Employers contends that because Leonard's misbehavior with his patients constitutes intentional tortious conduct, New York's public policy prohibits an insurer's indemnifying his liability for it.

*267 Public policy in New York holds that "[o]ne who intentionally injures another may not be indemnified for any civil liability thus incurred." Public Service Mutual Insurance Co. v. Goldfarb, 53 N.Y.2d 392, 442 N.Y.S.2d 422, 426, 425 N.E.2d 810, 814 (N.Y.1981). To bar indemnity, however, the injury itself must have been intended; if one intended the act, but did not intend it to cause injury, indemnity is allowed. Ibid.

Employers states that Leonard "had to be aware that his sexual activities with these women would cause them injury" in that he abused the psychiatrist-patient relationship and "took such advantage of these women's vulnerability that it is beyond reason to believe he wasn't aware of the potential deleterious effects of his actions." Def. Trial Memorandum, pp. 6-7.

Awareness of a potential harm, however, is not the same as intending that harm. In the setting of insurance coverage for a psychiatrist who engages in sexual relations with his patients, there may be "... no reason for distinguishing between this type of malpractice and others" such as improper administration of a drug. See Vigilant Ins. Co. v. Kambly, 319 N.W.2d at 384-5.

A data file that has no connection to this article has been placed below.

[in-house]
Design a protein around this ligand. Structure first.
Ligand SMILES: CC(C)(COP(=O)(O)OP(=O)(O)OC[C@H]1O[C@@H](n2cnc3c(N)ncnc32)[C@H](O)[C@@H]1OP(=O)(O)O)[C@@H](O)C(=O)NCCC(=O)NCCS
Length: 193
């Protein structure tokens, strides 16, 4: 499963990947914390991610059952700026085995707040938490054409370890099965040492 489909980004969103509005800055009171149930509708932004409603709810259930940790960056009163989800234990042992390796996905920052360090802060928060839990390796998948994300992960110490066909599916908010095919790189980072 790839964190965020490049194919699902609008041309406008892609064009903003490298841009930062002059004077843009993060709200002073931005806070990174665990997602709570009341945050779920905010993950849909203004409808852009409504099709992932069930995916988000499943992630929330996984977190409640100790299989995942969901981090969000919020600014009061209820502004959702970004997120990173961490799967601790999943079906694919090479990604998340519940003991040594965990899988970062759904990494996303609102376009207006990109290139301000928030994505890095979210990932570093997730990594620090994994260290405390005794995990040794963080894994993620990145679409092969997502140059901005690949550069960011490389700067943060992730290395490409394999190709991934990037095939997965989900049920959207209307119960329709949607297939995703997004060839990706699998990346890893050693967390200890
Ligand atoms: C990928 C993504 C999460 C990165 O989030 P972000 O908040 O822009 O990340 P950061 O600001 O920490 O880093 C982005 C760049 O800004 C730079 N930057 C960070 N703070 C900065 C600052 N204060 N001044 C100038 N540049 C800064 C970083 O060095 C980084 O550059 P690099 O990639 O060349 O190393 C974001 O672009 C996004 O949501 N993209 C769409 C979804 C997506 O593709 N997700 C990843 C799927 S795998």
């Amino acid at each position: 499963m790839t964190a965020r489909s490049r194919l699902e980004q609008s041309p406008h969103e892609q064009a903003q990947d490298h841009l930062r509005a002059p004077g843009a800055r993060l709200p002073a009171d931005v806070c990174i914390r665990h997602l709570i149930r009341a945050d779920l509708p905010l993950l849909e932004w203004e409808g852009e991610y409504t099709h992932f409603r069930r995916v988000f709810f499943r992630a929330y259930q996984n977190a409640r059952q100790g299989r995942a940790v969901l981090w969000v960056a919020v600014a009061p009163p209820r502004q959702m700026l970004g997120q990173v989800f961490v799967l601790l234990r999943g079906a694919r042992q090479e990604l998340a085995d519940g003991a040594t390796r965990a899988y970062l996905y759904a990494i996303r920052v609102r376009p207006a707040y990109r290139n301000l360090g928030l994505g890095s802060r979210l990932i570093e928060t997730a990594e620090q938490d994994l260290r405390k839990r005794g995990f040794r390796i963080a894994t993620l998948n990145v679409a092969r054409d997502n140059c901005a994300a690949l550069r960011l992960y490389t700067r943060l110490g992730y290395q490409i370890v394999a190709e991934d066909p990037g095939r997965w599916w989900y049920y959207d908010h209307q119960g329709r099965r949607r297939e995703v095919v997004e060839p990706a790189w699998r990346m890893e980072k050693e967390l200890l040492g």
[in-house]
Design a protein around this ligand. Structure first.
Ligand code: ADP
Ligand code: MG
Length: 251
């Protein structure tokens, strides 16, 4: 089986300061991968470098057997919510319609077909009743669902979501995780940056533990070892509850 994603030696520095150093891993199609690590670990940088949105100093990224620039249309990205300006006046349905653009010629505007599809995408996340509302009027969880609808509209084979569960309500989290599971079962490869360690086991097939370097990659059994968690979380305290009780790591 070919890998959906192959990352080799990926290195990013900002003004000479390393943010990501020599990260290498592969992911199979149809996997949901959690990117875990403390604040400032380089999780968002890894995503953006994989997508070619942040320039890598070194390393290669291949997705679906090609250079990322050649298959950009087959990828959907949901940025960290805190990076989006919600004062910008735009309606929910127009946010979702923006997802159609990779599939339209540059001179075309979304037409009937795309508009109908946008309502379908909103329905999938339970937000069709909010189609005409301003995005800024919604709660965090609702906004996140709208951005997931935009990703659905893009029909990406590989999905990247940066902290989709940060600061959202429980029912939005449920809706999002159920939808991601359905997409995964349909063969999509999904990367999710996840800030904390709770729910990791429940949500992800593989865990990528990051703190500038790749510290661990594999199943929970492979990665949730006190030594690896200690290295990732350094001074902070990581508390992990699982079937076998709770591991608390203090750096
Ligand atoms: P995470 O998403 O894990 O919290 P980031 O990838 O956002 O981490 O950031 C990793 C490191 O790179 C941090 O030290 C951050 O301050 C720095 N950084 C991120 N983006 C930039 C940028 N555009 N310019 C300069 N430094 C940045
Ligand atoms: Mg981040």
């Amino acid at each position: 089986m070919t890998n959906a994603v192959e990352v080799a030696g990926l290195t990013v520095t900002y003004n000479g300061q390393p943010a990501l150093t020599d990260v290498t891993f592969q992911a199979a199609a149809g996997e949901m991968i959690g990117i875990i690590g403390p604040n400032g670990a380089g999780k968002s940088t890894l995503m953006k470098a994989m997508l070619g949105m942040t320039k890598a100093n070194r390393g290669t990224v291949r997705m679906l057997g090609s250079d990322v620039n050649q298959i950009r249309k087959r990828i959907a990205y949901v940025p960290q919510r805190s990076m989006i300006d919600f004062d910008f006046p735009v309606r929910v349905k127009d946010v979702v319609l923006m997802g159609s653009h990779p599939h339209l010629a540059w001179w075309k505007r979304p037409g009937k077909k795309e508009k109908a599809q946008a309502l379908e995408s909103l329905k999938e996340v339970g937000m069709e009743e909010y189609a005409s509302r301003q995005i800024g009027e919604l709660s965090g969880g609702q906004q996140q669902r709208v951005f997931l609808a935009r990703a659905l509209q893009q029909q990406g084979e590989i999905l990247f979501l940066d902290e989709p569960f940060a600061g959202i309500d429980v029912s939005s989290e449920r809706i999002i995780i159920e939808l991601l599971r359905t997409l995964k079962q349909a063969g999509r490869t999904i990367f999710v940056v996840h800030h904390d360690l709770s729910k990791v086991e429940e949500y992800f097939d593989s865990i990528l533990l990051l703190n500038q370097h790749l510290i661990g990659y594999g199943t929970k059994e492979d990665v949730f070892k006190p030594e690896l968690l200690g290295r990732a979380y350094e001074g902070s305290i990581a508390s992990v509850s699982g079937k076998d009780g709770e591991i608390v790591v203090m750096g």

Further, there is evidence that Leonard did not intend to injure his patients. When Posmantier told Leonard she was terminating therapy with him, Leonard expressed his concern "that what I have done with you has damaged you," and twice stated his hope that "on balance my therapy was more beneficial than it was harmful" and that the damages had not outweighed the benefits. Def.Exh. 8, p. 80.

There is in this record no showing of such an intent to harm as would invoke New York's public policy prohibition against coverage.

2. Employers' Disclaimer

Employers disclaimed its obligation to defend or indemnify Leonard in the Osborne case on the additional grounds that Leonard failed to cooperate with defense counsel, George Kehayas, Esq., during the trial.

Employers' policy provides in Conditions, section 3, in relevant part, that

"The insured shall cooperate with the company and, upon the company's request, shall attend hearings and trials and shall assist in effecting settlements, securing and giving evidence, obtaining the attendance of witnesses and in the conduct of suits."

An insurer asserting the defense of noncooperation by the insured has the burden of proving such noncooperation, and that burden "... is a heavy one indeed." Thrasher v. U.S. Liability Ins. Co., 19 N.Y.2d 793, 278 N.Y.S.2d 793, 800, 225 N.E.2d 503, 508 (1967). The insurer must show that it acted diligently in seeking to obtain the insured's cooperation, that its efforts were reasonably calculated to obtain that cooperation, and that the attitude of the insured, after his cooperation was sought, was one of "willful and avowed obstruction." Ibid; Garcia v. Abrams, 98 A.D.2d 871, 101 A.D.2d 601, 471 N.Y.S.2d 161, 163 (1983). Further, the insurer must establish a substantial and material breach by the insured of his duty to cooperate. Ibid.